Isolation apparently increased Palatine aggressiveness. Frederick III intervened militarily to help French Huguenots; by grasping for the Bohemian crown in 1618, his successors ultimately devastated their possessions, although the Reformed church they built proved sufficiently sturdy to survive subsequent persecutions. In theological terms, they provided the Reformed faith with one of its major confessional documents, the Heidelberg Catechism; it was adopted by the synod of Emden, on the Dutch border, in 1571, and soon afterward by the Reformed churches of Hungary and Poland. In ecclesiological terms, the Palatinate created the largest network of consistorial discipline in central Europe; but it also produced the doctrine of Erastianism, the most extreme Protestant version of the subordination of church to state.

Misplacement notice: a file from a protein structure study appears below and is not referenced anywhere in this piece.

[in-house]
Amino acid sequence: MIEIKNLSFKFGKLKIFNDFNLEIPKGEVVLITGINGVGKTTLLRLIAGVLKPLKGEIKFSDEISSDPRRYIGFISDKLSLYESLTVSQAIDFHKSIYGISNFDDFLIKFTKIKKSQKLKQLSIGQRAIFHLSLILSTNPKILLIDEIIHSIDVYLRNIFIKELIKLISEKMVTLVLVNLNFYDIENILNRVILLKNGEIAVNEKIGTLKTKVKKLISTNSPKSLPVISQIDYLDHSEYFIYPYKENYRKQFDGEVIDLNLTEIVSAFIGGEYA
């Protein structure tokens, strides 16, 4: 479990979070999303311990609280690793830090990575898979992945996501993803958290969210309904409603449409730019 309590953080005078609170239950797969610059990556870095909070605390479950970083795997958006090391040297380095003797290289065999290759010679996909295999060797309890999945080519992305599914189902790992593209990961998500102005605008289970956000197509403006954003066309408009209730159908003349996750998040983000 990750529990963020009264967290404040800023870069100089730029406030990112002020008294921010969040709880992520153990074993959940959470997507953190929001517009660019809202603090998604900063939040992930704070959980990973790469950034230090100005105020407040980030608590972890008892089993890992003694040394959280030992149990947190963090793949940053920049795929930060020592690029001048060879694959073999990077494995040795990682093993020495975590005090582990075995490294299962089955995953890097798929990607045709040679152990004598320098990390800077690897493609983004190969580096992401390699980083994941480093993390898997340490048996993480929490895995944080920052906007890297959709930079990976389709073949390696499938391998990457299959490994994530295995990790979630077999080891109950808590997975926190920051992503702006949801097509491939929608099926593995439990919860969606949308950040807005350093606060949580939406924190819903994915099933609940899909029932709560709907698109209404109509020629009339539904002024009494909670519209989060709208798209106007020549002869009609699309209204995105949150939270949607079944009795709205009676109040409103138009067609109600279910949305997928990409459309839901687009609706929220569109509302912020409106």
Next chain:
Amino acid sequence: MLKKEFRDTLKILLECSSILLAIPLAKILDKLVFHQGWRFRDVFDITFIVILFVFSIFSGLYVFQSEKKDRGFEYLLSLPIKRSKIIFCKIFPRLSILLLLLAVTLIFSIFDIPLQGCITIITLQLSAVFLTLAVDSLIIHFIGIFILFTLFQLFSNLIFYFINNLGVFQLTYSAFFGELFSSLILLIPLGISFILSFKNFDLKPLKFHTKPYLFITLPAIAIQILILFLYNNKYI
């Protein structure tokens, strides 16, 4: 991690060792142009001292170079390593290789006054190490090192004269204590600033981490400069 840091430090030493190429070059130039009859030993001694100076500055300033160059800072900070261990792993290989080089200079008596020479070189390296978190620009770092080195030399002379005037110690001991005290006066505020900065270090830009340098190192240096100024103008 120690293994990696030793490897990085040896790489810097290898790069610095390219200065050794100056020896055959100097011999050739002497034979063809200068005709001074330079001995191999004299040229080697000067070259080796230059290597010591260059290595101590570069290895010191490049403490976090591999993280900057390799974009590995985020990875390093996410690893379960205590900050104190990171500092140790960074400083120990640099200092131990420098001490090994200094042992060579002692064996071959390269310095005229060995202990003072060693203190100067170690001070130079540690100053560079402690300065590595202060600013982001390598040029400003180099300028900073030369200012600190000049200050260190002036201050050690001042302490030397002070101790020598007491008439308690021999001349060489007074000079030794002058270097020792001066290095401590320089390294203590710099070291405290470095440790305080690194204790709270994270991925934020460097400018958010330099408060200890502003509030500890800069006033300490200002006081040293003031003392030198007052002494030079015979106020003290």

In eastern Europe, state power was far weaker, and the Reformed church acquired a different configuration. The widespread use of Latin among the nobility and literate minority enabled Calvin and Bullinger to get their message across in Polish- or Magyar-speaking lands. Calvin sent numerous letters to Poland's king and leading noblemen in 1555, and local Protestant churches invited him to come and advise them. Before the tide began turning against them after 1580 and exposed the shallowness of their roots, over 250 Reformed churches had been established in Poland and another 225 in the Lithuanian parts of the kingdom; at that moment, Calvinists formed the largest single religious group in the Polish Senate. Meanwhile, Calvinism sank much deeper roots in the kingdom of Hungary, shattered by a Turkish victory that left Budapest under Ottoman occupation for 150 years. By 1600, the Reformed church claimed almost half of Hungary's population, and they even proselytized among the Orthodox Romanians. Many of Hungary's Reformed churches, like those in the Palatinate, managed to survive despite political persecutions in the seventeenth century.